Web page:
This paper explores the practice of souveniring antiquities by Australian service personnel during the First World War. It argues that souvenir antiquities (both genuine and forged) are an underappreciated class of object, worthy of study in their own right, and seeks to understand how and why service personnel souvenired antiquities. It builds on studies of archaeological discoveries and excavations undertaken during the war, and classical reception during and after the war.

 A significant number of these souvenir antiquities survive today in both public and private hands. Although there are exceptions, such as the Shellal Mosaic, these antiquities are generally unpublished and poorly understood. This paper draws case studies primarily from the Australian War Memorial collection in Canberra, as it houses the most representative public collection of First World War souvenir antiquities in Australia. This includes major pieces such as a Palmyrene bust for a woman named Hagar, collections such as the Maitland Woods mosaic collection, and discrete artefacts including coins, ceramic fragments, and forgeries.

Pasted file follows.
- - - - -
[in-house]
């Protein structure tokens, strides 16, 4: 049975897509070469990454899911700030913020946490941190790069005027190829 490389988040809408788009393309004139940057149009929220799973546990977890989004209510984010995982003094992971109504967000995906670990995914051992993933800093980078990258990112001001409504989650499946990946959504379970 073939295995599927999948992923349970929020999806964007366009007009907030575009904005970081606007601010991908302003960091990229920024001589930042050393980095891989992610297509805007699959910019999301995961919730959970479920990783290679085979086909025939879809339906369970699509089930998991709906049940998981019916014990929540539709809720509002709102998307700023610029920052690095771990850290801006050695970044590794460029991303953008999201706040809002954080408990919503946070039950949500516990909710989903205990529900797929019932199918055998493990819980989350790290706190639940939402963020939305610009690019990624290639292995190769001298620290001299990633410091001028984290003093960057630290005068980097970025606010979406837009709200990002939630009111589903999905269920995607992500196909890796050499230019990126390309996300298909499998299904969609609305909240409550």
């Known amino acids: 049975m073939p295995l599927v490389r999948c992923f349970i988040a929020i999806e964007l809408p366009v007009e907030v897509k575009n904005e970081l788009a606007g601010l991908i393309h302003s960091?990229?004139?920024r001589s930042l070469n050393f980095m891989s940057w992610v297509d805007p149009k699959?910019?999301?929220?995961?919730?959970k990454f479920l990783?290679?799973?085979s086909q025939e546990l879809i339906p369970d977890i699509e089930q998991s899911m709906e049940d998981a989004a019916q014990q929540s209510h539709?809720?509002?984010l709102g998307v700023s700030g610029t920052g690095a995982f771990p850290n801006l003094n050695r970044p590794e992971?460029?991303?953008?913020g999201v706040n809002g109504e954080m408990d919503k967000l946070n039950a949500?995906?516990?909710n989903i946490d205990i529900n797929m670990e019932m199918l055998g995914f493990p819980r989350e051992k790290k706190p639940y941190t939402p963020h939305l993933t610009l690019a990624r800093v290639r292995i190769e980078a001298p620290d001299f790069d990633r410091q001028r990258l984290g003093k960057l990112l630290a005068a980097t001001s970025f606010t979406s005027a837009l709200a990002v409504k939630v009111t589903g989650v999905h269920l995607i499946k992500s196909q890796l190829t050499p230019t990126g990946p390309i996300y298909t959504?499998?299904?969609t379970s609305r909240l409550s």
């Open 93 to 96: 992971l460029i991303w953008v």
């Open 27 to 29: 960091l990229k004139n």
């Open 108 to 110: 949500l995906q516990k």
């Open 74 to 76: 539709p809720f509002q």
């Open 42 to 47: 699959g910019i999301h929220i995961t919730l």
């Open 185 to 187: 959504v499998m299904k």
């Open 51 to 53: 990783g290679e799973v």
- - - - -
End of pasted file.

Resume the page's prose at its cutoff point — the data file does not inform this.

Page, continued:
Three broad questions are used to frame the study and select case study artefacts for inclusion: What types of artefacts were souvenired? How were these artefacts acquired? What role do these artefacts fulfil in the Australian War Memorial collection? Preliminary research suggests souvenir antiquities can be placed into four broad categories: opportunistic souveniring; systematic collecting; gifts; and antiquities used as trench art. A shorter version of this paper was presented at the ASCS 39 Conference at UQ in late January 2018.


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